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Spring has sprung and with it has come one of the best weeks I can remember for early April. Since Sunday skies have been sunny and temperatures have gone from the 70s to 4 consecutive days in the 80s Tuesday-Friday. Truly fantastic considering a normal high is about 60.

On the topic of above normal temperatures, here's the daily departures for the first 2 weeks of April and outside of 2 days, average highs have been roughly 10-20+ degrees above what's typical.

You can see much of the eastern half of the nation has enjoyed a pleasant start to April

Looking long range, the pattern is turning active again which should mean regular frontal passages that produce precipitation chances and temperature swings. The Climate Prediction Center is now showing below normal temperatures in the 6-10 day period April 20-24th.

Beyond that an east coast trough sets up which allows even stronger NW flow and healthy intrusions of cooler air. CPC has well below normal readings indicated in the period April 22-28th.

Short term we've got another warm day to draw on Saturday before a strong cold front plows through the region Saturday night. The process of change begins with the break down of the upper air blocking pattern that's been in place since Sunday. The transition involves a cold front and wave of low pressure that slowly enters the region Saturday. That finally opens the door to a plume of moisture with dew points up around 60 late in the day.

With highs in the 70s that does allow for a more muggy feel to the air than what we've seen in previous days.

It also develops enough instability for scattered showers and a few thunderstorms but guidance has limited those to later Saturday afternoon or evening due to a slower frontal passage. SPC has pushed its slight risk outlook (level 2 of 5) further northward to include my counties south of I-80. Until then it should be another decent day of weather.

Precipitation should gradually increase in coverage late Saturday night and could continue Sunday and perhaps even Monday morning as a closed 500mb low develops, slows the system down, and wraps moisture into the area.

Again, the most challenging aspect of the weekend forecast is the potential for wet snow to fall in some part of the Midwest. Guidance continues to be bullish on that concern, wrapping cold air and rain into the region on the backside of low pressure that forms along the cold front near or just east of the Mississippi River early Sunday. Not only does this increase precipitation totals, it pulls enough cold air in to change rain to snow (or at least a mix of rain and snow) before the storm departs. Aside from the usual problems with timing any transition, the late season nature of the event will make it difficult to snow unless precipitation comes down fast and furious enabling efficient evaporative cooling. While it may be rare, I've seen it happen a few times this late in the season with the end result being some decent slushy accumulations. Currently, its the NW half of my area that has the greatest threat of seeing the flakes. Timing and amounts are still very much an issue but the window for any accumulating snow is from late Sunday afternoon or evening into early Monday morning.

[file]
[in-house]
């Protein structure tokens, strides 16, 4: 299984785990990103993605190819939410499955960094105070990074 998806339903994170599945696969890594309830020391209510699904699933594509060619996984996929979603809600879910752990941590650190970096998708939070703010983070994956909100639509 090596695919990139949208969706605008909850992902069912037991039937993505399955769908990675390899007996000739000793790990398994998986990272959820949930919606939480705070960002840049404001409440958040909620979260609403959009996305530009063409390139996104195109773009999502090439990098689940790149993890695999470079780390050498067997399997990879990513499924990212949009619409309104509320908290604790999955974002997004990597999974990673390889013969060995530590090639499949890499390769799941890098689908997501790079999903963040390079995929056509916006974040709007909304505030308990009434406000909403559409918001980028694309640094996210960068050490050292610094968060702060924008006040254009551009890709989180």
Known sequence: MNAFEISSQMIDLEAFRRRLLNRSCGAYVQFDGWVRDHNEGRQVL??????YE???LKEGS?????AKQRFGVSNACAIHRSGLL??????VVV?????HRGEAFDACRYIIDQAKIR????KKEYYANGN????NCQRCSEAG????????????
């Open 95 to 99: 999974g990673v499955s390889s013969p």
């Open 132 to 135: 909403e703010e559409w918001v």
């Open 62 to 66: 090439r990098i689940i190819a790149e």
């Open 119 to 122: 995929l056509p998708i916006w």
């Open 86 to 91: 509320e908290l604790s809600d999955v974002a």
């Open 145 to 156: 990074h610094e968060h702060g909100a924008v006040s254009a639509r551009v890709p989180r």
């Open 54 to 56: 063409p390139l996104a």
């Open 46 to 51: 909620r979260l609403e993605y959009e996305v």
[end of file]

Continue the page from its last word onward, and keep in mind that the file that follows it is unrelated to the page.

I wish I could say with great confidence how this turns out but due to the late season nature of the event mesoscale features will be vitally important to the eventual outcome. Those may not be known until Sunday when the snowy side of the storm is about to unfold. This is one of those set-ups where a degree or two could make the difference between a significant snow or a nothing burger. Myself, I think the evidence is strong that snow will fall in some parts of my area and may accumulate on grassy and elevated surfaces by Sunday night. Again, it's the NW half of my area that seems most susceptible to the possibility. Remarkably, models suggest totals like this by April 18th. I do want to stress, this is a low confidence event and none of the models you see are official forecasts. It's all raw model output that will be used to formulate a forecast in the next 24 hours. Here you go.



The Canadian GEM

The 3k NAM

The 12K NAM

Total precipitation from the event appears significant for much of the Midwest. Here's the totals ending Monday.



Once the storm pulls out, plenty of late season cold spills into the Midwest Monday. Readings may have a hard time reaching 40 in the north while the far south shoots for low 50s. Here's the mid-day departures Monday on the EURO.

Check out the wind chills Monday morning. Upper teens to mid 20s. Going in the wrong direction there!

This begins a period of well below normal temperatures that I alluded to in the 6-10 and 8-14 day outlooks from CPC. No more of those 80s for some time to come. They sure were nice while they lasted! The next rain arrives Wednesday. Have a top notch weekend and roll weather...TS


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